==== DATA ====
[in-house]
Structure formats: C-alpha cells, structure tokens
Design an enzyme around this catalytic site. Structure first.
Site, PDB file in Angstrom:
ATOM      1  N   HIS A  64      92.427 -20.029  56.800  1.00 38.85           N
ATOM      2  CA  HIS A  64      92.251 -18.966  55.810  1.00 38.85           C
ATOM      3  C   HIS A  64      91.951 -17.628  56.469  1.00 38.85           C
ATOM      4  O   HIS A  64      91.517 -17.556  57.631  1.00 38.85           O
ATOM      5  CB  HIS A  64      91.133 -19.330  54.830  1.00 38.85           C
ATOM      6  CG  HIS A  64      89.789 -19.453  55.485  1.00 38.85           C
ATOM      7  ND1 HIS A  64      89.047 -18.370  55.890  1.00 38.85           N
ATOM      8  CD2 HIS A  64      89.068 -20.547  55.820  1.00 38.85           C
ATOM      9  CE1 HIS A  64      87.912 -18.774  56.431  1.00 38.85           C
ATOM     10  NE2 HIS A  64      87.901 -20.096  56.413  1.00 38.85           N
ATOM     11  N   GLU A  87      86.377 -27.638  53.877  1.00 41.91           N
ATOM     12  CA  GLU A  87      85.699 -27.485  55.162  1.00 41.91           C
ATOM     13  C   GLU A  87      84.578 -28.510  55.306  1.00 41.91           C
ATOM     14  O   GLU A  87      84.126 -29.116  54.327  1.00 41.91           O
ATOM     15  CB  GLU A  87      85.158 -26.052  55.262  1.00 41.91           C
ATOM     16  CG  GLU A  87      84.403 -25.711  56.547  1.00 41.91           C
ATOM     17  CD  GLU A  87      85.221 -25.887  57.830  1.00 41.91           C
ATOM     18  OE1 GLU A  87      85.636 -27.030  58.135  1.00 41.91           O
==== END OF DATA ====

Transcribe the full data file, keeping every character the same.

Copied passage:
[in-house]
Structure formats: C-alpha cells, structure tokens
Design an enzyme around this catalytic site. Structure first.
Site, PDB file in Angstrom:
ATOM      1  N   HIS A  64      92.427 -20.029  56.800  1.00 38.85           N
ATOM      2  CA  HIS A  64      92.251 -18.966  55.810  1.00 38.85           C
ATOM      3  C   HIS A  64      91.951 -17.628  56.469  1.00 38.85           C
ATOM      4  O   HIS A  64      91.517 -17.556  57.631  1.00 38.85           O
ATOM      5  CB  HIS A  64      91.133 -19.330  54.830  1.00 38.85           C
ATOM      6  CG  HIS A  64      89.789 -19.453  55.485  1.00 38.85           C
ATOM      7  ND1 HIS A  64      89.047 -18.370  55.890  1.00 38.85           N
ATOM      8  CD2 HIS A  64      89.068 -20.547  55.820  1.00 38.85           C
ATOM      9  CE1 HIS A  64      87.912 -18.774  56.431  1.00 38.85           C
ATOM     10  NE2 HIS A  64      87.901 -20.096  56.413  1.00 38.85           N
ATOM     11  N   GLU A  87      86.377 -27.638  53.877  1.00 41.91           N
ATOM     12  CA  GLU A  87      85.699 -27.485  55.162  1.00 41.91           C
ATOM     13  C   GLU A  87      84.578 -28.510  55.306  1.00 41.91           C
ATOM     14  O   GLU A  87      84.126 -29.116  54.327  1.00 41.91           O
ATOM     15  CB  GLU A  87      85.158 -26.052  55.262  1.00 41.91           C
ATOM     16  CG  GLU A  87      84.403 -25.711  56.547  1.00 41.91           C
ATOM     17  CD  GLU A  87      85.221 -25.887  57.830  1.00 41.91           C
ATOM     18  OE1 GLU A  87      85.636 -27.030  58.135  1.00 41.91           O